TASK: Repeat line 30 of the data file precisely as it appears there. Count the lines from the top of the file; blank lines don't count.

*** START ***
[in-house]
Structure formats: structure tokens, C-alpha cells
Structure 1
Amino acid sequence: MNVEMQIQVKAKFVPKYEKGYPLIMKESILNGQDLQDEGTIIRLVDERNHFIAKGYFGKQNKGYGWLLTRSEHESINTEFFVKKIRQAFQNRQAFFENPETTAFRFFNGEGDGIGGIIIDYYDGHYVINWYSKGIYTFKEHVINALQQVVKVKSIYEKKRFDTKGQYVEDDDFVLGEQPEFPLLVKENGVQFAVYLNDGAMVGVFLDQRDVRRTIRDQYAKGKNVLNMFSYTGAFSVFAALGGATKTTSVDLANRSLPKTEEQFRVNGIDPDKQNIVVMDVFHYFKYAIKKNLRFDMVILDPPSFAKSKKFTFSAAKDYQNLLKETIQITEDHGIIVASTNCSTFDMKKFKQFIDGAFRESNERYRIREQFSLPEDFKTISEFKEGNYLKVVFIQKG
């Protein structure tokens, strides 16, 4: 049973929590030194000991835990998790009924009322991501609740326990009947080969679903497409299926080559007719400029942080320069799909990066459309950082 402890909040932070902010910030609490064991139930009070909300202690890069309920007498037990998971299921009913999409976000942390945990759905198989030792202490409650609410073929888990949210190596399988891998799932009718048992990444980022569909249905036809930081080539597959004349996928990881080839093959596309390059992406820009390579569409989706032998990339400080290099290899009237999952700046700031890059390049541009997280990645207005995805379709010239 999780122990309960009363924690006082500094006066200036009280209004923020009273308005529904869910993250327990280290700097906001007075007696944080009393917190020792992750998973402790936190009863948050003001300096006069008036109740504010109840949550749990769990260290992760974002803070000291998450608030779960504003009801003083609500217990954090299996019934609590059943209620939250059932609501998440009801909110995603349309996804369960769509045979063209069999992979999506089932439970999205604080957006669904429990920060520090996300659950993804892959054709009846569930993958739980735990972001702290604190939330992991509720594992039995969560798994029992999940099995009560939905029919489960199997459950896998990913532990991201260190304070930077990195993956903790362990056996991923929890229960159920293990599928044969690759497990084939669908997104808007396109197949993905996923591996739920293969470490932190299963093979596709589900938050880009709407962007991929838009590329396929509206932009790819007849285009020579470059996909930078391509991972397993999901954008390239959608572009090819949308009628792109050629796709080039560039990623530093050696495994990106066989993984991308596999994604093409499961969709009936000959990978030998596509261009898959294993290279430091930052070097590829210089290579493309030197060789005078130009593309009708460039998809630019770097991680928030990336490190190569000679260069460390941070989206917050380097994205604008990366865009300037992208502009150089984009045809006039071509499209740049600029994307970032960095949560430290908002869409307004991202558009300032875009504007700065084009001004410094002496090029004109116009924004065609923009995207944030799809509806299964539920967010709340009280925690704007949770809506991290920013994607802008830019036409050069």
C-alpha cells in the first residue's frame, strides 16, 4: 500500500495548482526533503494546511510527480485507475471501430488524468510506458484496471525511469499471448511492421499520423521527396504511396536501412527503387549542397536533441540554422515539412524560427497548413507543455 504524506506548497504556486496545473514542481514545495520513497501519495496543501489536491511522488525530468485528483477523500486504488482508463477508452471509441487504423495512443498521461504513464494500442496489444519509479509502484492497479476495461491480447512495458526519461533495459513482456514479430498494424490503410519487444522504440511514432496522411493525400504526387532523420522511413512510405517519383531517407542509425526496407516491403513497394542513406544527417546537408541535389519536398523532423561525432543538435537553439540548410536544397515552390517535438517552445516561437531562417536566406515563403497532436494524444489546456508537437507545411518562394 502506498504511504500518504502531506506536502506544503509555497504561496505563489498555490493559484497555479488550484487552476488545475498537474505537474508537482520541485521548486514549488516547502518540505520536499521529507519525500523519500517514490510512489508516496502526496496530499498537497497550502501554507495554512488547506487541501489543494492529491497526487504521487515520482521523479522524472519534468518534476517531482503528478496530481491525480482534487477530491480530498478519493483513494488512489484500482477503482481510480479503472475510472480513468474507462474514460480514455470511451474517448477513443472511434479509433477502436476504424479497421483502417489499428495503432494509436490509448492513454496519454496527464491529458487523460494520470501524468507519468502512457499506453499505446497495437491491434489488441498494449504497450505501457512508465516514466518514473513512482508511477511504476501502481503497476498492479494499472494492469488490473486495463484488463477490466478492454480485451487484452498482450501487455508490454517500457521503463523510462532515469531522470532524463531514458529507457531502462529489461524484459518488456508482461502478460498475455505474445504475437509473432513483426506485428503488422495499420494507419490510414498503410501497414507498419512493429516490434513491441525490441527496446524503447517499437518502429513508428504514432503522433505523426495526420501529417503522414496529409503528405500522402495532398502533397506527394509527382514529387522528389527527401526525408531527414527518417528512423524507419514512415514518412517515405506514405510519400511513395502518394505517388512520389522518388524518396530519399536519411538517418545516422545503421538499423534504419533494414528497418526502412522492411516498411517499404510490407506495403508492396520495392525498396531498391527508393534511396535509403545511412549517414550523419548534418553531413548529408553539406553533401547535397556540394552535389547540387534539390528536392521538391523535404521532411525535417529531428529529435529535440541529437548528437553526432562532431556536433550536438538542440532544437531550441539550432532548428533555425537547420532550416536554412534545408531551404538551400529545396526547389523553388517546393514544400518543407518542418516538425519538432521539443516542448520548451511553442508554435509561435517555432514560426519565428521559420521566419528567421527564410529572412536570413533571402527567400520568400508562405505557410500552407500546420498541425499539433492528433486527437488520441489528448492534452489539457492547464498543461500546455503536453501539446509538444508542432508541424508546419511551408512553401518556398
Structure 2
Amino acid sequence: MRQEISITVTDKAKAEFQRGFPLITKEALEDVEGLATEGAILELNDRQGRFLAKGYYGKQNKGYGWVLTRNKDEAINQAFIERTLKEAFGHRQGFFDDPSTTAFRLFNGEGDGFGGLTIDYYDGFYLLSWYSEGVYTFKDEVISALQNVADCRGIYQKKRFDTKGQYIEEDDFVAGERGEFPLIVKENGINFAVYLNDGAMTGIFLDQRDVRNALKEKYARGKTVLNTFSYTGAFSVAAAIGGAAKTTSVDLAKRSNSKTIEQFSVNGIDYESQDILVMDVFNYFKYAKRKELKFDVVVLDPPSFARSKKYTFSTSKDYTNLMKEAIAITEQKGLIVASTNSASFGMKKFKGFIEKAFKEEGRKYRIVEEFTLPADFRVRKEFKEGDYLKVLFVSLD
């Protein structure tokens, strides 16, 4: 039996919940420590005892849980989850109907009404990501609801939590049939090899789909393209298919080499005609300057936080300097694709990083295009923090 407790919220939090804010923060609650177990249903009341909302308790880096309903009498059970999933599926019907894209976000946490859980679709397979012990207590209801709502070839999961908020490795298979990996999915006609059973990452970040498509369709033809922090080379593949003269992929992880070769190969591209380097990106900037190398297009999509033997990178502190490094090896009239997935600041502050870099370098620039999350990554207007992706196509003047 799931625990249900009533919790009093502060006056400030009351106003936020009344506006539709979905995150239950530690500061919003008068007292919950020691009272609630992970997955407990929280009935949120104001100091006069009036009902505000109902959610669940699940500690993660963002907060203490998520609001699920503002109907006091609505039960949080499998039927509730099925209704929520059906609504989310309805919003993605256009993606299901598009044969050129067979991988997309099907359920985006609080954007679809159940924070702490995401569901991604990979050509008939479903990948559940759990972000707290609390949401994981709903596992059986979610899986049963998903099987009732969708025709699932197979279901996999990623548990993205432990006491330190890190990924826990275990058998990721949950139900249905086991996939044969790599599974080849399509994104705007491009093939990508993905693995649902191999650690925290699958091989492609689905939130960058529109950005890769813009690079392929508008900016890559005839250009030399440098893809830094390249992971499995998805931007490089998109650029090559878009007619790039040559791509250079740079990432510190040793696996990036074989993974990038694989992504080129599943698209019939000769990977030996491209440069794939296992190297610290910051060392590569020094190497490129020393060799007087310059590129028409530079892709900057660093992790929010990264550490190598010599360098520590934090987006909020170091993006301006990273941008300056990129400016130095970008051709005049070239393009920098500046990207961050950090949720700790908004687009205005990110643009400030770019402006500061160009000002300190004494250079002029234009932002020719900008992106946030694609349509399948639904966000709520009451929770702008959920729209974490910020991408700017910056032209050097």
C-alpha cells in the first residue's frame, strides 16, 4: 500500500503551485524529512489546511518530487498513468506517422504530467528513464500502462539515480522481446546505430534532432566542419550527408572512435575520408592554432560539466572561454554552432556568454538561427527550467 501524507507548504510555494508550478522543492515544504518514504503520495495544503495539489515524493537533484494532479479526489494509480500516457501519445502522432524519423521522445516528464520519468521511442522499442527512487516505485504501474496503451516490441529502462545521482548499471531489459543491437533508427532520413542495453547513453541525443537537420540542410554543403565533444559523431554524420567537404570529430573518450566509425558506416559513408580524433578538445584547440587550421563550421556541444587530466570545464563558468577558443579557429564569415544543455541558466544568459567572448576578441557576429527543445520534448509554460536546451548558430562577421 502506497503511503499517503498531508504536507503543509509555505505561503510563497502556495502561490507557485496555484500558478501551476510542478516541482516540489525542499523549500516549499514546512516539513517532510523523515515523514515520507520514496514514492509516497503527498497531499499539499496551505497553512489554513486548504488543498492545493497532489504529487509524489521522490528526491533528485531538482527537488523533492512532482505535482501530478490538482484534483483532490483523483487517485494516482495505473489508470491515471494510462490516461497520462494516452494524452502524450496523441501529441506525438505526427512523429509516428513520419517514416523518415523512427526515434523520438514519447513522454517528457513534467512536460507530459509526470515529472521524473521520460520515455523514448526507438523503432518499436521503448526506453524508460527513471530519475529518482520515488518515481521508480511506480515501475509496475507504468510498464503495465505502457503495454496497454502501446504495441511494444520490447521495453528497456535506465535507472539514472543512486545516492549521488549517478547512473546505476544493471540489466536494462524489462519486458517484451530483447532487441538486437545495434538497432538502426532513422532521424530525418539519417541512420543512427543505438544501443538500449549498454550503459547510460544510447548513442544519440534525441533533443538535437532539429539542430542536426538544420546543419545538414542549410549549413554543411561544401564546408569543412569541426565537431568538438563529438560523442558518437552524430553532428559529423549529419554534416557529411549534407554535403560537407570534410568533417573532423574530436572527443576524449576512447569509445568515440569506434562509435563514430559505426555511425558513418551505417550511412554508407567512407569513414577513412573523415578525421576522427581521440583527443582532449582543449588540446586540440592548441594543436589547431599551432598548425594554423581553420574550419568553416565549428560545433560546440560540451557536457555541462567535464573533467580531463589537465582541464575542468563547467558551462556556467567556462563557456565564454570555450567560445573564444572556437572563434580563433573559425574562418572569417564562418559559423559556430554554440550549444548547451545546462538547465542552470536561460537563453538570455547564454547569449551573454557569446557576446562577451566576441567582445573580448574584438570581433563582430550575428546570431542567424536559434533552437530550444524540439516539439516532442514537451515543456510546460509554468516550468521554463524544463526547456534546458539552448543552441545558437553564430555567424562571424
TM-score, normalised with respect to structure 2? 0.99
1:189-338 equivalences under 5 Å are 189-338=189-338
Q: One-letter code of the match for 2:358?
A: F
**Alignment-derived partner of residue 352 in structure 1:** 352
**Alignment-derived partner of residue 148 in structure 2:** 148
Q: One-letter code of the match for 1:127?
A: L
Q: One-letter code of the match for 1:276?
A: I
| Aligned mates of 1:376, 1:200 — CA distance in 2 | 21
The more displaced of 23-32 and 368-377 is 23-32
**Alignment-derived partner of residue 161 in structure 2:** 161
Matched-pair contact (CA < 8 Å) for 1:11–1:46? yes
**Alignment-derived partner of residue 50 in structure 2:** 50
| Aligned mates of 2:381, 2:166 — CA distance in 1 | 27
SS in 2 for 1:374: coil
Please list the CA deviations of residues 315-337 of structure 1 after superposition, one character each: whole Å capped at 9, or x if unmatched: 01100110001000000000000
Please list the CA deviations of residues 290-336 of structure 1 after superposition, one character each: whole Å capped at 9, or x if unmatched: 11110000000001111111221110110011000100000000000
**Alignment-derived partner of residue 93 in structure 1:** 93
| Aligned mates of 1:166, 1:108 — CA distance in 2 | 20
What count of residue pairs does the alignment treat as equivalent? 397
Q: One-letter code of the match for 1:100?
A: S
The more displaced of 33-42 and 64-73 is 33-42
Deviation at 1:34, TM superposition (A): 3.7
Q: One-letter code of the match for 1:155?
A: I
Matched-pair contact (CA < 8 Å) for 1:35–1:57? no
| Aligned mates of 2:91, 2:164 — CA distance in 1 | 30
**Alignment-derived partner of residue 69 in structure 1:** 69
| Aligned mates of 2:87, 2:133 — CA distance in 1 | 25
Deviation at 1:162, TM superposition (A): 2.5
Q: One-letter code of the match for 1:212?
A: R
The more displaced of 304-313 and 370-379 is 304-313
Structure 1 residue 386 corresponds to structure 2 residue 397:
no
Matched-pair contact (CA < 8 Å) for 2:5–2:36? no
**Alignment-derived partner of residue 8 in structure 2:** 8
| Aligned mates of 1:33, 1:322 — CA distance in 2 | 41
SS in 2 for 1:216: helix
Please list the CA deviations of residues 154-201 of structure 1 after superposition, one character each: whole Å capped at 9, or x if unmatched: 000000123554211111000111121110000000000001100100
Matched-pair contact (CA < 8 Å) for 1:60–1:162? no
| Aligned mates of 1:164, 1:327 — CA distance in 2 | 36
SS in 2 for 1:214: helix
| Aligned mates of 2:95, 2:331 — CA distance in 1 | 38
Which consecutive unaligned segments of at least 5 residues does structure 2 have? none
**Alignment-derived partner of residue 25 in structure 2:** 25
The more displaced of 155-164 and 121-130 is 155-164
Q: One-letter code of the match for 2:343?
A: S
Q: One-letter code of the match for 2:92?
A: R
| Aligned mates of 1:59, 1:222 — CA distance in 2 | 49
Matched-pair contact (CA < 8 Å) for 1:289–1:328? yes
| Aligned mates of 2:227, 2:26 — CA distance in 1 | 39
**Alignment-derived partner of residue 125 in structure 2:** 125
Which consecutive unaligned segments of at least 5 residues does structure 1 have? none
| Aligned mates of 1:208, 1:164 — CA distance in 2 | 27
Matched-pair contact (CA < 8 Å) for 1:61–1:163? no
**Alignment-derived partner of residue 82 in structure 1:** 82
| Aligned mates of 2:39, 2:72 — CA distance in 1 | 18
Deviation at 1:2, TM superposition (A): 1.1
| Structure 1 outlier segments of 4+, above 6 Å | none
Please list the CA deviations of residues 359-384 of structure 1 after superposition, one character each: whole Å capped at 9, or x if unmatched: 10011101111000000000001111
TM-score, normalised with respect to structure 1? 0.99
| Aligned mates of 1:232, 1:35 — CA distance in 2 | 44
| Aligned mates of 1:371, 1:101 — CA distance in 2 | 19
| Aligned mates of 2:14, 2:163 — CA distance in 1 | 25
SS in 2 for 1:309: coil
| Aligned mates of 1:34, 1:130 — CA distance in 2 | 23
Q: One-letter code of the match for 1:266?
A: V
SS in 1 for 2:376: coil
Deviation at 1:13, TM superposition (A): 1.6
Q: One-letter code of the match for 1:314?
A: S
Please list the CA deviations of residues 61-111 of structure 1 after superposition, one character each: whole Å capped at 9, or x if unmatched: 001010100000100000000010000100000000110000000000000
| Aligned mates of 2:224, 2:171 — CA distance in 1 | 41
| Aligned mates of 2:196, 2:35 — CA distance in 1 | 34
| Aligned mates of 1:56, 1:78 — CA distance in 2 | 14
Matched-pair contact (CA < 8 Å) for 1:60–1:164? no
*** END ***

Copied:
**Alignment-derived partner of residue 93 in structure 1:** 93